NI v. SLOCUM No. A128721.
196 Cal.App.4th 1636 (2011)
MICHAEL NI, Plaintiff and Appellant, v. WARREN SLOCUM, as Chief Elections Officer, etc., Defendant and Respondent.
Court of Appeals of California, First District, Division One.
June 30, 2011.
DLA Piper, Steven G. Churchwell, Stanley J. Panikowski and David Dell for Plaintiff and Appellant.
BuckleySandler and Donna L. Wilson for Electronic Signature and Records Association as Amicus Curiae on behalf of Plaintiff and Appellant.
Evans & Page and
Corey A. Evans for Citizens in Charge, The Humane Society of the United States and National Taxpayers Union as Amici Curiae on behalf of Plaintiff and Appellant.
Antonio Gonzalez for Southwest Voter Registration Education Project as Amicus Curiae on behalf of Plaintiff and Appellant.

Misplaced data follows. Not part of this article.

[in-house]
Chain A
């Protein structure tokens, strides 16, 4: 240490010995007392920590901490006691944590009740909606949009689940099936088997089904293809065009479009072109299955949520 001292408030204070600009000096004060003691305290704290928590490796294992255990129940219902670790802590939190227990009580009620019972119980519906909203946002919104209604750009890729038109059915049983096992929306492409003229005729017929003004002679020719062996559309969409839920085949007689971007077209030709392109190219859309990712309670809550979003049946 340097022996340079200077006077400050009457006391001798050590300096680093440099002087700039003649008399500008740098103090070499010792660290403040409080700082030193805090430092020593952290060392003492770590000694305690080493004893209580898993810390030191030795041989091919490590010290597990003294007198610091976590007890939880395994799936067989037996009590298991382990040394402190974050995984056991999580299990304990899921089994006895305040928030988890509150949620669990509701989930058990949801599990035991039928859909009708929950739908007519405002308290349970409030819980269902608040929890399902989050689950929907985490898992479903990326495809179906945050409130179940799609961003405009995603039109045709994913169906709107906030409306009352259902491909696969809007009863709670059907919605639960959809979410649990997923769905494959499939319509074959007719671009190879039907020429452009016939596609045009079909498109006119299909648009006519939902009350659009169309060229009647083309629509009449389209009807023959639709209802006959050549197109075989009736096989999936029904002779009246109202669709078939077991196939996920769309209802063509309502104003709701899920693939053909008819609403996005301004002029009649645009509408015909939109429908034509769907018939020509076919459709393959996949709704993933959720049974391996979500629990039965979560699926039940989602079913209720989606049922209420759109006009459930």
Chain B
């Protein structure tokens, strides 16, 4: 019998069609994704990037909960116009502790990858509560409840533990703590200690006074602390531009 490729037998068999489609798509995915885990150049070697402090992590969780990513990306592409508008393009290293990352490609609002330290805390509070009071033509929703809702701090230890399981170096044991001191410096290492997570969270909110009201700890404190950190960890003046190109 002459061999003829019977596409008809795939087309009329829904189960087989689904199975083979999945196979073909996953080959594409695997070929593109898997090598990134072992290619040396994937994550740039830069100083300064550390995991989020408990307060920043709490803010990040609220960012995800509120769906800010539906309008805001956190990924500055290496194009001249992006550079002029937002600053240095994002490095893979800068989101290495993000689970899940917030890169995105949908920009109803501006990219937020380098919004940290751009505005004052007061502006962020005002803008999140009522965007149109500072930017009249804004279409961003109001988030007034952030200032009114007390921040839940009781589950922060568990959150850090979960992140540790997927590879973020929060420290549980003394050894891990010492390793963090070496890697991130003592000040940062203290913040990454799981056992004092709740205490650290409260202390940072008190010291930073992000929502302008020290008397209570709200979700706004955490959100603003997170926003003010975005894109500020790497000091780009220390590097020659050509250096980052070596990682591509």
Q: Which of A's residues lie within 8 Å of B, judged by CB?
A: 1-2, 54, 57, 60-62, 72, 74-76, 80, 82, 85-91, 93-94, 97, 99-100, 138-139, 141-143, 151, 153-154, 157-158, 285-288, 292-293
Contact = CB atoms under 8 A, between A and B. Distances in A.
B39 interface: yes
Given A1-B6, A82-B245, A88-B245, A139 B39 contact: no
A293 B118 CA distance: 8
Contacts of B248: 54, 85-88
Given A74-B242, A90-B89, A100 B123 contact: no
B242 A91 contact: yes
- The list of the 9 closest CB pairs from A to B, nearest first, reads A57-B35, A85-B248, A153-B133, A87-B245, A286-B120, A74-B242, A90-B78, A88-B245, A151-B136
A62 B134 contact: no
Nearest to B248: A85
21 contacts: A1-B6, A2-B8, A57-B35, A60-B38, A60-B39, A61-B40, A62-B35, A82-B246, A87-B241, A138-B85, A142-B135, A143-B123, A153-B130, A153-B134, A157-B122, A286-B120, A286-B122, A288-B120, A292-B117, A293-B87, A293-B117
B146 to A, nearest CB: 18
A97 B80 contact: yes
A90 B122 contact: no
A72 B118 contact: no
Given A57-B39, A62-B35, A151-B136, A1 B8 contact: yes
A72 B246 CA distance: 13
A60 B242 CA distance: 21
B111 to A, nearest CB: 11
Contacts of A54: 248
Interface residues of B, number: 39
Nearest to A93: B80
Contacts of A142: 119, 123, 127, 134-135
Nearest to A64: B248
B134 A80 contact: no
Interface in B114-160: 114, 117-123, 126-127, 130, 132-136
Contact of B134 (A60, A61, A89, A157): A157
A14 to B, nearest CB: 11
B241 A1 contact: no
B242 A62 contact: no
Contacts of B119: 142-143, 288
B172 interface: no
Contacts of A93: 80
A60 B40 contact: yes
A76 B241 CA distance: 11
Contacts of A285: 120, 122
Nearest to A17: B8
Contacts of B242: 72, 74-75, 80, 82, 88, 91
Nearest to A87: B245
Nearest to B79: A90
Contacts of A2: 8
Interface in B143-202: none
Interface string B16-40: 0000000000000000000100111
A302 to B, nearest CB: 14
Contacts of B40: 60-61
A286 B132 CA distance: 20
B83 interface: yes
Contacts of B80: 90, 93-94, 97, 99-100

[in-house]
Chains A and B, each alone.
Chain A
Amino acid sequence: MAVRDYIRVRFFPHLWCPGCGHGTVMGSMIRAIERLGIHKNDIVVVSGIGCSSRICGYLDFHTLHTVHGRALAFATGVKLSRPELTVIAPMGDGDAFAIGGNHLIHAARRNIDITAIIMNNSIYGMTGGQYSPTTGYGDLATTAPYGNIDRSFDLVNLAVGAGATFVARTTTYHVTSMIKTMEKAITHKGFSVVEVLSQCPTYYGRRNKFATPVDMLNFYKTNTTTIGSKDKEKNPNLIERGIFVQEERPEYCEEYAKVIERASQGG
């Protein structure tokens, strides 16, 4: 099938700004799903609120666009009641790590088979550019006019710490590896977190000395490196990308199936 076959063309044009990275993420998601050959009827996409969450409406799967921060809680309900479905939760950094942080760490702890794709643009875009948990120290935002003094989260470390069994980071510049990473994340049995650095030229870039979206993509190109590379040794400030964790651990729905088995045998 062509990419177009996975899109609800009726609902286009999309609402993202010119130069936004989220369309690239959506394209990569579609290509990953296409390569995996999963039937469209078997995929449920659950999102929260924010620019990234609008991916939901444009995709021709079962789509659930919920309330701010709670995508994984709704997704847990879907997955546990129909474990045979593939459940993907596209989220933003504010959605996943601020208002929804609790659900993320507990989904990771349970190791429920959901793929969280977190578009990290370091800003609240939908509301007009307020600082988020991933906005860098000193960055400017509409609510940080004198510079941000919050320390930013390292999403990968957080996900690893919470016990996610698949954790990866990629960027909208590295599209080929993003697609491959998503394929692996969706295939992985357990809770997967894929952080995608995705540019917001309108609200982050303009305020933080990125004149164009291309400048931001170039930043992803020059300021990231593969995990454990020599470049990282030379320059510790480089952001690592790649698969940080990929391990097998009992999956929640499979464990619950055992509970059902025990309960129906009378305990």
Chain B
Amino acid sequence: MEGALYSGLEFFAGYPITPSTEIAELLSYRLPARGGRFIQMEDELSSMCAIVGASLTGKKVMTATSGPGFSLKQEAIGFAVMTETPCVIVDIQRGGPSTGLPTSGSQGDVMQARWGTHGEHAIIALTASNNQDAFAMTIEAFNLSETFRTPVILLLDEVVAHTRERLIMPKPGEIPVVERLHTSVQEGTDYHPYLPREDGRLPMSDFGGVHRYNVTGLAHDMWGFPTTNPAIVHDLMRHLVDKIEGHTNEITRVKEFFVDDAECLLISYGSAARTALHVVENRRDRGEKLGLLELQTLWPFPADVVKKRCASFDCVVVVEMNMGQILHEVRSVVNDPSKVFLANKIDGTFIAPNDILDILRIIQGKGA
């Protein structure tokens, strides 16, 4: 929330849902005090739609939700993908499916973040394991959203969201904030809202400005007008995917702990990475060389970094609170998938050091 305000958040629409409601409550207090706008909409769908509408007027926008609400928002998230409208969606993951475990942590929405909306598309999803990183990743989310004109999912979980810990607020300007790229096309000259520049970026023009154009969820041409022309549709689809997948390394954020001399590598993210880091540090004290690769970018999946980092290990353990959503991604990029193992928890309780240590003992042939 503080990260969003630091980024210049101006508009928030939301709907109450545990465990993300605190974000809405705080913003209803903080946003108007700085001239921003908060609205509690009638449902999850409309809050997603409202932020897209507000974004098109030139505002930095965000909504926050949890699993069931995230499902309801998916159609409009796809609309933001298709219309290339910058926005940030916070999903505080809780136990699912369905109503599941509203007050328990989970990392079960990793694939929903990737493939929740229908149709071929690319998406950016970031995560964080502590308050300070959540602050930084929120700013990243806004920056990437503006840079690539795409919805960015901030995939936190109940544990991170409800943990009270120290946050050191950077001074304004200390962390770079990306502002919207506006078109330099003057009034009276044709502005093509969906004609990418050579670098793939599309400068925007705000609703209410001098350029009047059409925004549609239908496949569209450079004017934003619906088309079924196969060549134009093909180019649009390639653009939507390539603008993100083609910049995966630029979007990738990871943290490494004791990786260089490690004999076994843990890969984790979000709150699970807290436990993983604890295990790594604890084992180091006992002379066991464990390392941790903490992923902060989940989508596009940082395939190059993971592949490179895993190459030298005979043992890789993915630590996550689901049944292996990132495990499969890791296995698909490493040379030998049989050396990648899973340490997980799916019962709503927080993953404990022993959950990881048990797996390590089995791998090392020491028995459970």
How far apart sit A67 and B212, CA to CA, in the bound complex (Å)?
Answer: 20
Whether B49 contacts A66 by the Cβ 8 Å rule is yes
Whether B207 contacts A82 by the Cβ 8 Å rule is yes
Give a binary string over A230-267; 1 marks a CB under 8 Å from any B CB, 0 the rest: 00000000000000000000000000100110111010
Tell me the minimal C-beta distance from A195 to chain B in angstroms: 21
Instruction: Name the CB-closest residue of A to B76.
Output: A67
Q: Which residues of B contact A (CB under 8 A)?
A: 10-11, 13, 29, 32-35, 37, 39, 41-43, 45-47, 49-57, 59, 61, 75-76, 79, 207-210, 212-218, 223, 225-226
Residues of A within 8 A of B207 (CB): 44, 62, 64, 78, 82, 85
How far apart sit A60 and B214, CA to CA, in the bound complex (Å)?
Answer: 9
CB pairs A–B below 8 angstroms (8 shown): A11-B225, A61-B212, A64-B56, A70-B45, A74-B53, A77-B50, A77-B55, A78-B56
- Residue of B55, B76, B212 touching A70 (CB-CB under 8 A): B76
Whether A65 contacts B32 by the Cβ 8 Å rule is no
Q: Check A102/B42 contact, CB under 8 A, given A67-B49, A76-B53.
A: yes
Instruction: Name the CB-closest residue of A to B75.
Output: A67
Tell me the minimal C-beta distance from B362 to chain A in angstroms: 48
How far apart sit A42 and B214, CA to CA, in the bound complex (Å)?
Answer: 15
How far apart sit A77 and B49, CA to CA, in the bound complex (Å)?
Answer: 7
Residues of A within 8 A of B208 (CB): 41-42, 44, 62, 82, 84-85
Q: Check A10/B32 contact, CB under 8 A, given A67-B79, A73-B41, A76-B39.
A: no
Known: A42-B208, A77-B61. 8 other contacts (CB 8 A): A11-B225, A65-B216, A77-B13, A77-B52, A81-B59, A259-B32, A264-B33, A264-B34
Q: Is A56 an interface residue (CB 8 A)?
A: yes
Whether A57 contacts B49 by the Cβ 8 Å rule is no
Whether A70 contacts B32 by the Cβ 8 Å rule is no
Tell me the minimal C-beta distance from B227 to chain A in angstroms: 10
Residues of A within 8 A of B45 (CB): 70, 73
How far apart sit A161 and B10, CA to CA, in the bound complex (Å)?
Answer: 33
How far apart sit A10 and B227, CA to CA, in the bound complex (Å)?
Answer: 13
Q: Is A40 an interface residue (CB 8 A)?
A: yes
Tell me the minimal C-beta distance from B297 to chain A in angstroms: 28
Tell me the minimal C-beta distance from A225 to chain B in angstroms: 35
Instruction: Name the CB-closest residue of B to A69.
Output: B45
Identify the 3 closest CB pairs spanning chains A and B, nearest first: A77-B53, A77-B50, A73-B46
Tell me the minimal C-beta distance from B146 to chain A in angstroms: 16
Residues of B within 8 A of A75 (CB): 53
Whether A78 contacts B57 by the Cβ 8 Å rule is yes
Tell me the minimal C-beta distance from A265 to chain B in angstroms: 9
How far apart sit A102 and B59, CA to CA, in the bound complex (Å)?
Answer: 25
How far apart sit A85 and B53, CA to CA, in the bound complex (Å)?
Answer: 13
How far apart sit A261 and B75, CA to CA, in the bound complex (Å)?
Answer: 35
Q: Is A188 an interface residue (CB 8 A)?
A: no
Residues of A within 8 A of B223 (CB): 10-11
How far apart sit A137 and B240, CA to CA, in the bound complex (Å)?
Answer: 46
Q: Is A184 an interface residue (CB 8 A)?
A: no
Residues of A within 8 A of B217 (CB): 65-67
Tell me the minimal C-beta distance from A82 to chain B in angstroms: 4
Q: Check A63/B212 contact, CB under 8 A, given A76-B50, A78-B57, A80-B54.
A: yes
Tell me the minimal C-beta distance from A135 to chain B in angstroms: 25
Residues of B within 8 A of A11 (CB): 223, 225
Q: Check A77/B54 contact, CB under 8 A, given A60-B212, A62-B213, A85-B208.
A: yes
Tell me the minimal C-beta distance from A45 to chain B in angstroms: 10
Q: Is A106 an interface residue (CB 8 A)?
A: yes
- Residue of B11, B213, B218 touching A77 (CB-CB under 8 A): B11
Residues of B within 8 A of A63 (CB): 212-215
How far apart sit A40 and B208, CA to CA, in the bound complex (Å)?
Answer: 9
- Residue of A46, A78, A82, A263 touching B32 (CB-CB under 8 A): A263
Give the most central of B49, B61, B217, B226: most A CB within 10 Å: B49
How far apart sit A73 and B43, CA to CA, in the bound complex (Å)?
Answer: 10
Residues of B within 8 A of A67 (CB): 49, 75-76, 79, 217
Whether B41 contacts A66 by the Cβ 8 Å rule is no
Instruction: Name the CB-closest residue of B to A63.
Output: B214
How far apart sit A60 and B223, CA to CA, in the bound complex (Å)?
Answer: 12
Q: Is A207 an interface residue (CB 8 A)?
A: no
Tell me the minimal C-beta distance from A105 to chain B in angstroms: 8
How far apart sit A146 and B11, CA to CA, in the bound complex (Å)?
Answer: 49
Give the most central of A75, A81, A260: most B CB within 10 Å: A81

Joe Trippi as Amicus Curiae on behalf of Plaintiff and Appellant.
Gautam Dutta for Asian American Action Fund as Amicus Curiae on behalf of Plaintiff and Appellant.
Michael P. Murphy, County Counsel, Brenda B. Carlson, Chief Deputy County Counsel, and David A. Silberman, Deputy County Counsel, for Defendant and Respondent.
Kamala D. Harris, Attorney General, Douglas J. Woods, Acting Assistant Attorney General, Constance L. LeLouis, Assistant Attorney General, and Hiren Patel, Deputy Attorney General, for Secretary of State Debra Bowen as Amicus Curiae on behalf of Defendant and Respondent.
To qualify an initiative measure for the election ballot, its proponents must submit to county elections officials a petition endorsed by